• 12. and at this point in her life, she must have been trying to decide which part to hide, orwhich part to celebrate, depending on how one looks at it. This poem, “White Lies,” and “History Lesson” deal more blatantly with colorthan most of the others throughout the book, the latter two to much more of an extent.The key passage from “White Lies” is a three-line recollection of a moment in class:“…like the time a white girl said/(squeezing my hand), Now/we have three of us in thisclass,” (37). This illustrates Trethewey‟s personal struggles with her place in society,something that heavily influenced her social justice lens. She obviously did not fitperfectly into either side and as such could not have seen the necessity of breakingsociety down into these strict definitions of black or white. She was both. “History Lesson” begins the last section of the book. In it, she is describing aphotograph, something she does often. This photograph is taken by her grandmother ofher at four years old standing on a beach that had, up until two years previous to thephotograph, been off-limits for blacks. The poem reminisces, telling us that when hergrandmother was growing up, there was a similar photo of her on the same beach buton a narrow strip of it labeled “colored” (45) – the only place her grandmother wasallowed to go. Again in this piece, Trethewey‟s ability with imagery and word choice isstunning. She brings us to the beach from the very beginning, describing her toescurling into the wet sand and the sun cutting the rippling Gulf (45). Later, the minnowsglint like switchblades, playing off the cutting sun. One can easily feel the wet sand, the
  • 13. hot sun, and see the little minnows. She instantly brings the reader in, makes the poemextremely accessible. The poem that most closely relates to the title poem also appears in the lastsection. It‟s called “Housekeeping.” The way these poems are in conversation with eachother is very interesting. “Domestic Work, 1937” discusses housework as both a burdenand a privilege, a way to make a living as well as a way to clean one‟s soul.“Housekeeping,” however, treats housework as something never-ending which mustbe done. It‟s more of a routine, a quiet bonding time for mother and daughter. All butone sentence is spoken from the perspective of “we,” illustrating the team that theybecome in accomplishing these apparently mundane activities. The book ends with a poem entitled “Limen.” This poem describes listening tothe work of a woodpecker, a quiet, reflective moment. Her mother is briefly referencedas a memory, a background to her everyday life. This poem truly brings the book to aclose on a very personal, focused, and calm note. It‟s also hopeful. The woodpecker isdescribed as looking for “some other gift the tree might hold,” (58). If he works hardenough, perhaps he‟ll find it. If we work hard enough, perhaps we can find the gift inside each of us in theform of shared memories and experiences, a common thread of humanity throughoutall of us. Reflected in our domestic work of chores to daily tasks of forgetting pain andliving our lives, our oneness with each other should be easily discovered.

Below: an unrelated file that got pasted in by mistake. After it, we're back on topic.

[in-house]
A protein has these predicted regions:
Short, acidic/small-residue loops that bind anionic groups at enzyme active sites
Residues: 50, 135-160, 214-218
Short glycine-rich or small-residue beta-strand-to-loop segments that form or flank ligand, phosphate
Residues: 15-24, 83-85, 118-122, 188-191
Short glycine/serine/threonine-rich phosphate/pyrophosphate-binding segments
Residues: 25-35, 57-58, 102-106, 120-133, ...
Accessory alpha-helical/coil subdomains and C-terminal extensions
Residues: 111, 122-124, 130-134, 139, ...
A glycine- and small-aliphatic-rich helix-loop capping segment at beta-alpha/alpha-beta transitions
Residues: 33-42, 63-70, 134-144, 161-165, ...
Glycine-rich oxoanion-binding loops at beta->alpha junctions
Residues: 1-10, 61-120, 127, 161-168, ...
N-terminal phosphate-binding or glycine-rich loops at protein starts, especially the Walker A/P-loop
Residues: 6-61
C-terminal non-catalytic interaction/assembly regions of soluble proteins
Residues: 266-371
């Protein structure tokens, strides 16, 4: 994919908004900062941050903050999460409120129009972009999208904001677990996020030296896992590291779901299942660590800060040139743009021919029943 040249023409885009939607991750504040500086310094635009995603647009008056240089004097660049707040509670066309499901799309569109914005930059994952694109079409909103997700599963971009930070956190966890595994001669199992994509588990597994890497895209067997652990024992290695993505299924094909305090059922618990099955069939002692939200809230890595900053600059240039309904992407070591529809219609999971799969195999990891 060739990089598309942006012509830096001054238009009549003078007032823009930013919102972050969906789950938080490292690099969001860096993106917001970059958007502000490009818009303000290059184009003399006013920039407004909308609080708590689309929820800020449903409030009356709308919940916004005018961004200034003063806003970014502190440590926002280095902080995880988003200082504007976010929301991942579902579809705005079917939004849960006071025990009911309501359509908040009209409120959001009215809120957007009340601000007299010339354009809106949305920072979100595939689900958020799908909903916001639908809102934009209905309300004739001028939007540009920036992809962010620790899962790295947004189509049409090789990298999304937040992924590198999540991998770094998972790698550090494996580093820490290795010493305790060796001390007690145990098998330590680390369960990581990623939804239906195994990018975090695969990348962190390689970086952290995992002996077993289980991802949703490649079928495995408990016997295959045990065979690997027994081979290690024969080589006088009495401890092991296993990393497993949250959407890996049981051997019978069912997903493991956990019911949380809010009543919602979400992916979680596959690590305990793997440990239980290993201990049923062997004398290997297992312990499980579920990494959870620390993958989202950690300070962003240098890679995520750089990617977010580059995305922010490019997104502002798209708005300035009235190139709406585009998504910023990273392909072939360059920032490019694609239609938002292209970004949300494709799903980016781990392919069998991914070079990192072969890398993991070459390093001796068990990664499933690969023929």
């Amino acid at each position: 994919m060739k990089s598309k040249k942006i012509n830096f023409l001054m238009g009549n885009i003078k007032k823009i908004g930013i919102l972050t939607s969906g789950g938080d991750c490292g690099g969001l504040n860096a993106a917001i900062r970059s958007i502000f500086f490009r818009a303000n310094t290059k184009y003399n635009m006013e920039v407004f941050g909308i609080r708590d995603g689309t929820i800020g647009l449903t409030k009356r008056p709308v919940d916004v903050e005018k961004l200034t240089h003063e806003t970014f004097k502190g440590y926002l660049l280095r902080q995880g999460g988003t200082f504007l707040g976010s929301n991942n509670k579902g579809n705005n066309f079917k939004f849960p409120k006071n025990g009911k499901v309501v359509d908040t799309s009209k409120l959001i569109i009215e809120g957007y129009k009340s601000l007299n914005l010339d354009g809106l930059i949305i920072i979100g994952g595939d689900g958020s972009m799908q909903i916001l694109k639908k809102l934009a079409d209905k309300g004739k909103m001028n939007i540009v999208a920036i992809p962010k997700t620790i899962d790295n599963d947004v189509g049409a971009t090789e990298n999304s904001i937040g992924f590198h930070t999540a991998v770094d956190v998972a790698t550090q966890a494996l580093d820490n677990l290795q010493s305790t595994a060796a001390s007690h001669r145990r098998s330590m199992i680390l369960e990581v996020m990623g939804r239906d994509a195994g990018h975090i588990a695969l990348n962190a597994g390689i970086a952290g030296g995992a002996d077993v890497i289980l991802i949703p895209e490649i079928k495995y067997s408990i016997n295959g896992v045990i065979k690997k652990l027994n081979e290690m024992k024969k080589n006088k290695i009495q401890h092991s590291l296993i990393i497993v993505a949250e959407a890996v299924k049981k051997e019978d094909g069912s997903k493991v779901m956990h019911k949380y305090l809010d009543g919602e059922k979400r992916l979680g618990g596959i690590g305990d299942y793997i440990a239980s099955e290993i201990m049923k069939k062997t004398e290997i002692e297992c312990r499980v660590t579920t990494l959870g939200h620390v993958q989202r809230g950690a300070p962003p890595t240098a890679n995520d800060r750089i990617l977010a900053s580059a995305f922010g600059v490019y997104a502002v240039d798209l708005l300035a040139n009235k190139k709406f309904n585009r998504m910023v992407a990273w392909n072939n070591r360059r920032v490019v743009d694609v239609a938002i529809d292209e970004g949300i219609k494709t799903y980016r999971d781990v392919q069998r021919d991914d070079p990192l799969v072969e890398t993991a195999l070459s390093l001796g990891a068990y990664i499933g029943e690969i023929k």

• 14. In Domestic Work, Trethewey explores concepts of social justice through the useof form, imagery, and voice. She takes snapshots with words of significant moments inlives of seemingly insignificant people and in the lives of her and her family, and sharesthem in an effort to explain the equality of everyone. Her extremely accessible poemsspeak to readers of all backgrounds, and her poignant word choice leaves her messagesringing in our minds.
  • 15. Works CitedTrethewey, Natasha D. Domestic Work: Poems. Ed. Rita Dove Saint Paul, Minn: Graywolf Press, 2000. Print.Trethewey, Natasha. “Why I Write: Natasha Trethewey on Poetry, History and Social Justice.” Distinguished Faculty Lecture. Emory University. Atlanta, GA. 3 Feb. 2010. Lecture. <http://www.youtube.com/watch?v=0zfzs6zqDsw&feature=relmfu>Rowell, Charles H, and Natasha Trethewey. "Inscriptive Restorations: an Interview with Natasha Trethewey." Callaloo. 27.4 (2004): 1022-1034. Print.